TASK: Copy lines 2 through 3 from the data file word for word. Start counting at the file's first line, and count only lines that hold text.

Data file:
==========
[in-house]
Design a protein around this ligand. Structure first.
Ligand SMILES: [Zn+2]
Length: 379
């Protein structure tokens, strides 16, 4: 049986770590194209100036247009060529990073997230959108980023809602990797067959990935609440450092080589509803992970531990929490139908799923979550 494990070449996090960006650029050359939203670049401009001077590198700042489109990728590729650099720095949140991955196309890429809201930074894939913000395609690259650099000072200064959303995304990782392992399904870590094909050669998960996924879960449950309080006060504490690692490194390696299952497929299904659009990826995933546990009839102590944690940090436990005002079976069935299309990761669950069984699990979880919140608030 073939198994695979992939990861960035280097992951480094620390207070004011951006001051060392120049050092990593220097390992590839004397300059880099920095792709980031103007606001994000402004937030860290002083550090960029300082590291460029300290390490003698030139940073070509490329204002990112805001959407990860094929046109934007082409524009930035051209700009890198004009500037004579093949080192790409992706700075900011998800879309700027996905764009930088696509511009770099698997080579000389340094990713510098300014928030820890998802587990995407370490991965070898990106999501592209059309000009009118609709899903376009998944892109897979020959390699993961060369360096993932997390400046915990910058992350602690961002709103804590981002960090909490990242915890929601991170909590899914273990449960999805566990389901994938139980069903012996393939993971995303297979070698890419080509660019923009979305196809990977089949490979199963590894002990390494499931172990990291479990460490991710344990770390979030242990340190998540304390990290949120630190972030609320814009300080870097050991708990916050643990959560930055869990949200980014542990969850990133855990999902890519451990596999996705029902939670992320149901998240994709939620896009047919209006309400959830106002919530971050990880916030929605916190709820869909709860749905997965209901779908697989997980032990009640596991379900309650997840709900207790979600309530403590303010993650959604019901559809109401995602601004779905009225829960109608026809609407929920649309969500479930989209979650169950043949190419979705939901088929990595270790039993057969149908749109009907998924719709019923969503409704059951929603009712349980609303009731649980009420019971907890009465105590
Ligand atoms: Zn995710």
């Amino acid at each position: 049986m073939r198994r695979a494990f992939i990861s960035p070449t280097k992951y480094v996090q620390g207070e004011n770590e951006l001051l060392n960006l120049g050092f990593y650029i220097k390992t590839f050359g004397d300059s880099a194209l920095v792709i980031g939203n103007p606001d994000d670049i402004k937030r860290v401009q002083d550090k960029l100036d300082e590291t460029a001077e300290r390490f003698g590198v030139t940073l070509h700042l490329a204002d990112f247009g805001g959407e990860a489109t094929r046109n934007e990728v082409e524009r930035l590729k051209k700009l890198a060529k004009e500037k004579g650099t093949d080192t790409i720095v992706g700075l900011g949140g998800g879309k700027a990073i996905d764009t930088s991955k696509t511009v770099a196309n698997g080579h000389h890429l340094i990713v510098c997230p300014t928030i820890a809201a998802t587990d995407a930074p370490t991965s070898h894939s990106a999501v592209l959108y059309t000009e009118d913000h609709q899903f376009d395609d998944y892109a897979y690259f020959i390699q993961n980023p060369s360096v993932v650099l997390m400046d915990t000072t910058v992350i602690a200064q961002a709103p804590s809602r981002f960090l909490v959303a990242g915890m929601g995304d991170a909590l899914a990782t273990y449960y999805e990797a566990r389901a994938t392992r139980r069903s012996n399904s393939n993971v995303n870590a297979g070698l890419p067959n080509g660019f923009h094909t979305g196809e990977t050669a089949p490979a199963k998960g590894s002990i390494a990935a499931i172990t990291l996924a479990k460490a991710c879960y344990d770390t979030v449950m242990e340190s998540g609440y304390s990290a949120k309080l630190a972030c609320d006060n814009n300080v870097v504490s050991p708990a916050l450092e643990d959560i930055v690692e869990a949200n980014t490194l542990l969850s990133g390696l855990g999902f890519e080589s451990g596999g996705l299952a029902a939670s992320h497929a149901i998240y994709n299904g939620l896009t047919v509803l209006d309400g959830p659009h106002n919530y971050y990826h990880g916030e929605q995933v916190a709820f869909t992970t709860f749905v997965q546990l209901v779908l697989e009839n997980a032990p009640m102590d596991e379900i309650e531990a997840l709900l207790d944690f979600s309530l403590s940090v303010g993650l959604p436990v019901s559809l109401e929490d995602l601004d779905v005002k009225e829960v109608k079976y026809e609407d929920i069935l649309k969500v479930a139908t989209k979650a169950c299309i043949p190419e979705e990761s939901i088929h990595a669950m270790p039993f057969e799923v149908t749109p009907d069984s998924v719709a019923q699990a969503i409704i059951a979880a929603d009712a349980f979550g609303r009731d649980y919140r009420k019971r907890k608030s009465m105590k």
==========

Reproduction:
Design a protein around this ligand. Structure first.
Ligand SMILES: [Zn+2]